But the third of the approved responsa—in some ways the best of those that passed—is the real monstrosity. This one allows for gay rabbis and gay unions as long as those involved do not “practice sodomy.” Apparently lesbians can claim their pulpits immediately because this euphemism only refers to men; the verse of Leviticus on which the homosexual proscriptions are rather tenuously based ignores women altogether except as the designated objects of male lust: “Do not lie with a male as one lies with a woman.”

To my mind, this passage only prohibits such activities as snoring too loud and watching football in bed, but generations of hair-splitters and demagogues have created an exegetical industry in merging its cryptic implications with the Anglo-Saxon legal notion of sodomy, itself now largely abandoned as unworkable. For myself, following Potter Stewart, I may not be able to define it, but I know it when I feel it. Some gay Orthodox narrowly and hopefully define it as meaning only anal sex, thus granting absolution to all their other gay activities. Others, looking back to the Biblical story of Sodom itself, interpret the word as meaning rape. But the only definition that matters is that of the homophobes who enshrine it as policy. To them, it’s whatever gay men do.

In any case, though committee members told The New York Times that this little no-sodomy caveat will, in practice, “never be policed” (I’d like to see that subcommittee at work), such an expectation only underlines the shocking hypocrisy of a religious ruling that welcomes people who love each other to all the blessings of union except the blessing that, in most cases, brought them together in the first place. I can see the rabbis now, consulting their notes while instructing pairs of grooms, standing under hand-decoupaged chuppas, that they may now kiss—but just on the forehead please. A little to the left. No! Not there!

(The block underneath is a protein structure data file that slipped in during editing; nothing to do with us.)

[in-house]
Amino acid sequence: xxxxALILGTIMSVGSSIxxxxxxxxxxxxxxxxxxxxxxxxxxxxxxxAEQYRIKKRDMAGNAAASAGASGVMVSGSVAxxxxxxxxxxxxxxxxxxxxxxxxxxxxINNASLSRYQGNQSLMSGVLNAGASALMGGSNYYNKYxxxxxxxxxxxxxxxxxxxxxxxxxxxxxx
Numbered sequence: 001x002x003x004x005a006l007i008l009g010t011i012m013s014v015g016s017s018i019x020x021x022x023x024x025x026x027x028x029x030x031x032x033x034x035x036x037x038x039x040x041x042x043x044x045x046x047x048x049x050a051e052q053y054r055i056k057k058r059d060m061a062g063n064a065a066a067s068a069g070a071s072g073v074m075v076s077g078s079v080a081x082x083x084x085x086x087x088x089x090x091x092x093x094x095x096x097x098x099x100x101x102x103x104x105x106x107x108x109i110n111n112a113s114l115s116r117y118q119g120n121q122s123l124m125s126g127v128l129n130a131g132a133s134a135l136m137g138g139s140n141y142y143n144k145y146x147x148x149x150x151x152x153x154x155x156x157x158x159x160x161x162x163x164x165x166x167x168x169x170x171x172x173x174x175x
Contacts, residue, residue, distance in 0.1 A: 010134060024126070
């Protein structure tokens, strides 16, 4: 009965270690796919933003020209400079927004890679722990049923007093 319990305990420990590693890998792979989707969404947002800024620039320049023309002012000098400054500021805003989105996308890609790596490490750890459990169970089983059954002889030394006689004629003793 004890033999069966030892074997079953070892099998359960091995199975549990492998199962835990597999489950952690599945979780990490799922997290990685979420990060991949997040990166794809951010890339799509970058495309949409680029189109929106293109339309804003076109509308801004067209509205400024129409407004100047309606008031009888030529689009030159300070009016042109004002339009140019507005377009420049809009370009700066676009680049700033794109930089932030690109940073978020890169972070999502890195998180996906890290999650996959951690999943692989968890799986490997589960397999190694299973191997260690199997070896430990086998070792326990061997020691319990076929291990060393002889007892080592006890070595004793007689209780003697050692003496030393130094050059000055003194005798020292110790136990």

To the extent that this ruling debases the holiness of physical love between adults, I don’t blame the four members of the committee who resigned in protest, even though they favored upholding the ban, not reversing it. At least they made sense. But the practical result at Conservative seminaries and synagogues—like the one my father still belongs to—will be a choice among three internally and externally contradictory instructions. This is a compromise without a conscience: Don’t Ask, Don’t Kvell.

Though Erez’s bar mitzvah will take place in a Reform temple, where such hateful niggling is passé, I bring my Conservative heart with me no matter how far I stray from Conservative practice. And it’s not just me. Andy also has a nostalgia streak so wide you might as well call it his personality. Everything that has become so burdensome about planning what is meant to be a joyous event is the result of memory: the kind we want to respect, the kind we want to revise. There’s also the burden of forethought. Who does not resent a little, even as he looks on with awe and pride, his son’s overtaking him?

It’s an illusion to think that any of these issues can be resolved with a Brooks Brothers outfit—or, for that matter, with the right flowers, the most apt menu, the least annoying music. (And no, stop bothering me, we haven’t reached decisions on any of those yet; we haven’t even agreed on the guest list.)

However dispiriting they may prove in endorsing basic rights, contradictory options are useful in choosing clothes. At the moment, it looks like Erez will be wearing a mix-and-match ensemble: a simple blue blazer and classic Joe Boxer sweatpants. As for me, I’ve promised myself—if I reach my goal weight by mid-February—a new bar mitzvah suit. And if enjoying the food at the feast means I can’t wear it for long, the money won’t have been wasted. It will fit Erez soon enough.